Max Beckmann (1884-1950)
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Max Beckmann (1884-1950)

Küstenlandschaft mit Ballon

Max Beckmann (1884-1950)
Küstenlandschaft mit Ballon
signed and dated 'Beckmann 32' (lower right)
oil on canvas
28½ x 41½ in. (72.4 x 105.5 cm.)
Painted in October 1932
The artist's studio.
Kunsthandlung Schumann, Frankfurt, by whom acquired from the above.
Private collection, Wiesbaden, by 1940, and thence by descent to the present owner.
E. & B. Göpel, Max Beckmann: Katalog der Gemälde, vol. I, Bern, 1976, no. 366, p. 254 (illustrated vol. II, pl. 125).
'Gesang der Fische. Der Malerund das Meer: Max Beckmann im Bucerius-Kunstforum Hamburg', in Berliner Tagesspiegel, 19 January 2004 (illustrated).
Frankfurt, Frankfurter Kunstkabinett Hanna Bekker vom Rath, Max Beckmann, July - August 1955, no. 9.
Wiesbaden, Nassauischer Kunstverein, Moderne Kunst aus Wiesbadener Privatbesitz, 1957, no. 13.
Hamburg, Bucerius Kunstforum, Menschen am Meer, November 2003 - February 2004.
Hamburg, Kunsthalle, Seestücke von Max Beckmann bis Gerhard Richter, June - September 2007.
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Lot Essay

'And always the sea plays in my thoughts, from near and far, through sun and storm. Then the forms condense into things that seem understandable to me within the great emptiness and uncertainty of space which I call God' (Max Beckmann, quoted in exh. cat., Max Beckmann Retrospective, St. Louis, 1984, p. 32).

The sea, 'my old girlfriend' as Beckmann once referred to it, played an important role in his art throughout his life. From his earliest pictures of the Deluge and the Titanic to his playful Mediterranean beach scenes of the 1920s and his later allegorical paintings of adventure and existential wandering on the ocean, the sea was a central and vital presence in many of Beckmann's works. In the 1930s, under the increasingly oppressive political climate of the time, the sea became for Beckmann as it did for many other artists then living in Germany, an enduring and almost irresistible symbol of freedom, exile and escape. Painted in October 1932 on the eve of the Nazis coming to power, Küstenlandschaft mit Ballon (Coastal Landscape with Balloon) is an apparently naturalistic work heavily infused with an atmosphere of longing for escape.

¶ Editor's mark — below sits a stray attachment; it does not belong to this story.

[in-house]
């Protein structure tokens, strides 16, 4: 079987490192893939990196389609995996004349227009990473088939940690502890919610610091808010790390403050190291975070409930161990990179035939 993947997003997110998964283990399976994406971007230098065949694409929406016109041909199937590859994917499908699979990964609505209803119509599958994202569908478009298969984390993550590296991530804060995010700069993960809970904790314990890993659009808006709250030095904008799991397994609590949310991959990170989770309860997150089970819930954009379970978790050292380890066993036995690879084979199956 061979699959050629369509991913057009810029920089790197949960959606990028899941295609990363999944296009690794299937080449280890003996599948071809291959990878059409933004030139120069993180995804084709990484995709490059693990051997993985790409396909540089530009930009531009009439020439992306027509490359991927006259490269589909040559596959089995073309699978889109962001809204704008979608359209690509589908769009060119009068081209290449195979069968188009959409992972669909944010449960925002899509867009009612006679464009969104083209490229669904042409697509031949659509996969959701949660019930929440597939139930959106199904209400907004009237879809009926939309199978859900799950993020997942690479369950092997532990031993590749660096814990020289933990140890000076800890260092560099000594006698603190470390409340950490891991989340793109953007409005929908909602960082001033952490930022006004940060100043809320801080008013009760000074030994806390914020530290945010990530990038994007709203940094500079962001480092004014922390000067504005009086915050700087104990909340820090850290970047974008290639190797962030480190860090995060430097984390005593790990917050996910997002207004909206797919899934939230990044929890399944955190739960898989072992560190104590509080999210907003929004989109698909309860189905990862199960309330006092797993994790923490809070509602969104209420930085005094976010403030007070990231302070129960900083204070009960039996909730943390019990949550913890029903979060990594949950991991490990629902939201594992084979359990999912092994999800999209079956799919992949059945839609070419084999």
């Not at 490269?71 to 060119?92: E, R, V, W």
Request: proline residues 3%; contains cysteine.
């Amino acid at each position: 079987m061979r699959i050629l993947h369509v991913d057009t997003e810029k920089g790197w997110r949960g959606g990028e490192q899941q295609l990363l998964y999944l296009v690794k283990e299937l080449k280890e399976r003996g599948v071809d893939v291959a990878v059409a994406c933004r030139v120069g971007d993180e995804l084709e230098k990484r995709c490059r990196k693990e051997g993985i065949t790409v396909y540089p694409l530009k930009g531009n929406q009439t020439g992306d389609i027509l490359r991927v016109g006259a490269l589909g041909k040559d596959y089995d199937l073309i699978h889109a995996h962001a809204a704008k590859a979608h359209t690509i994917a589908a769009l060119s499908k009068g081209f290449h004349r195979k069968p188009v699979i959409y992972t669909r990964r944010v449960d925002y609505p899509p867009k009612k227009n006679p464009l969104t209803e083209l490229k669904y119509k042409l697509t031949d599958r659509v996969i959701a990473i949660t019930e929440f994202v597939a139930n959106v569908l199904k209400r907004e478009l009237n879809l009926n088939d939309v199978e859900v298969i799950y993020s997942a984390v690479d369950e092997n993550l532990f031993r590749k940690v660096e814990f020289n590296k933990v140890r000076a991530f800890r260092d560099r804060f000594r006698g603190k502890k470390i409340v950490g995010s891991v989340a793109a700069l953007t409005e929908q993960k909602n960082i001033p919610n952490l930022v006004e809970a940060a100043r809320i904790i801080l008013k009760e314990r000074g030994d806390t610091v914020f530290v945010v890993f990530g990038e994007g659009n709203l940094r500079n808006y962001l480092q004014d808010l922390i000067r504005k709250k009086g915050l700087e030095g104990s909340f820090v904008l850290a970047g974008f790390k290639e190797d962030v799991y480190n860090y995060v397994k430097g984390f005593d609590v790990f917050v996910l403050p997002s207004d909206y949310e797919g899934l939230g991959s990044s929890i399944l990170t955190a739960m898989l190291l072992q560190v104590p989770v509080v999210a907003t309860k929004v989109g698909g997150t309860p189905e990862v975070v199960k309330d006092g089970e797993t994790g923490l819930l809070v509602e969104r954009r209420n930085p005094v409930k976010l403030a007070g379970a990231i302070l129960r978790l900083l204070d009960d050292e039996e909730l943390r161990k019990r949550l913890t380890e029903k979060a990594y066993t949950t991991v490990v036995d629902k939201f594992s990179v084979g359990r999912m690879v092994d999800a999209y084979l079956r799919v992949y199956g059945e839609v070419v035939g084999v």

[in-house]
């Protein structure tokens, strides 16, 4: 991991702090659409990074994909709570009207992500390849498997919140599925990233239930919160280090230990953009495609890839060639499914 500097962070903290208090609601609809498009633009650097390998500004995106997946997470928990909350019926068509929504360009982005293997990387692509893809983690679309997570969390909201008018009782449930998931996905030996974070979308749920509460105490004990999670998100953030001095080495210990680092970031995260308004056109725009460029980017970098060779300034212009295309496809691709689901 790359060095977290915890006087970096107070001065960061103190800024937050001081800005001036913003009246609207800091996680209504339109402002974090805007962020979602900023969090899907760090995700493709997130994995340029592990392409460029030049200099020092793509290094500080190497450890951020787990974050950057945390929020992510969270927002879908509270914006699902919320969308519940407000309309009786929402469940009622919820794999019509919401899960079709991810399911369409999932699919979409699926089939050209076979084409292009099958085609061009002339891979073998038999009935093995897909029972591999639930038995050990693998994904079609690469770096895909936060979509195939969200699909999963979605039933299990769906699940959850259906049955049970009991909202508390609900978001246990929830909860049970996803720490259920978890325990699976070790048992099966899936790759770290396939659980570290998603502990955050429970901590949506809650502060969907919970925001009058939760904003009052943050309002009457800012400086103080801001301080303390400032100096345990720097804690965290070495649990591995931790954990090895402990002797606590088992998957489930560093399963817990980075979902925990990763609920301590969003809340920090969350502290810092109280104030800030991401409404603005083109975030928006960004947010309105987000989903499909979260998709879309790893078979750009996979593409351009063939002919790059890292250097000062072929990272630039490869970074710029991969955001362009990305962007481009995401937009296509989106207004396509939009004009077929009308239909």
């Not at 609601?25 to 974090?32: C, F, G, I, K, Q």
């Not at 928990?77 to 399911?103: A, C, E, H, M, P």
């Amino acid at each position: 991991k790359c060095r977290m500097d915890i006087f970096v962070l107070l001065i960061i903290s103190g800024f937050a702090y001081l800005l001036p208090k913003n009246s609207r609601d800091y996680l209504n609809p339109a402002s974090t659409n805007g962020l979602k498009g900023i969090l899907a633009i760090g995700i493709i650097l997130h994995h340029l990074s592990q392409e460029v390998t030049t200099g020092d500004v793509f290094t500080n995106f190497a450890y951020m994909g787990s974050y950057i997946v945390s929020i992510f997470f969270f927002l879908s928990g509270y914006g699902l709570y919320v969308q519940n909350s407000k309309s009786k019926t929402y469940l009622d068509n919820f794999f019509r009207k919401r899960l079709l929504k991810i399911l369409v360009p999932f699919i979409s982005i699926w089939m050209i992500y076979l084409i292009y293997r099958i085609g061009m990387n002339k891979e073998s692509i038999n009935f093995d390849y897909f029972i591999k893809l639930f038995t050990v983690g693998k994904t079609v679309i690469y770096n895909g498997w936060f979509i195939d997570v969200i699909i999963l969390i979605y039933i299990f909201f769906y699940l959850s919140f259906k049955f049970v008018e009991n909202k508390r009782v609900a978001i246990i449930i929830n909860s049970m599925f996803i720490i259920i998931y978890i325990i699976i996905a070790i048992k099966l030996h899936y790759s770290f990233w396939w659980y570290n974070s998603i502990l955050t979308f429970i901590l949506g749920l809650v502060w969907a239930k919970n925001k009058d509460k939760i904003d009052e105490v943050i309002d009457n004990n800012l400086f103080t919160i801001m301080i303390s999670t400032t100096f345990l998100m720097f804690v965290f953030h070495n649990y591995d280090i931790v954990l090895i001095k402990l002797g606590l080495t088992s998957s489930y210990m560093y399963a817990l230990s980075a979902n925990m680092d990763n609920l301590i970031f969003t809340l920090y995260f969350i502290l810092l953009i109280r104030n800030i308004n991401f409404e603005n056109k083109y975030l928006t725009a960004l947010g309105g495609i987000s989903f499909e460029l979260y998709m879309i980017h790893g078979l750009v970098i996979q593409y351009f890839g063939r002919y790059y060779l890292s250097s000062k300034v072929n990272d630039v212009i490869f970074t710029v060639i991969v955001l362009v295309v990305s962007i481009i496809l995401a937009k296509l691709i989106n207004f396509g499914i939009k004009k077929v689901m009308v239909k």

Depicting a pair of fishing boats left on the shore, the painting also illustrates three men in a rowing boat setting out to sea. Above them, recalling Beckmann's mysterious 1917 Landschaft mit Luftballon, a hot-air balloon floats towards the inviting horizon. Painted while Beckmann was also working on his vast triptych Abfahrt ( Departure) in which a sea-voyage also appears as a symbol of hope amidst the horror of a world gone mad, this painting reinforces the strong and mysterious existential sense of odyssey that underpins many of Beckmann's finest works from this time.


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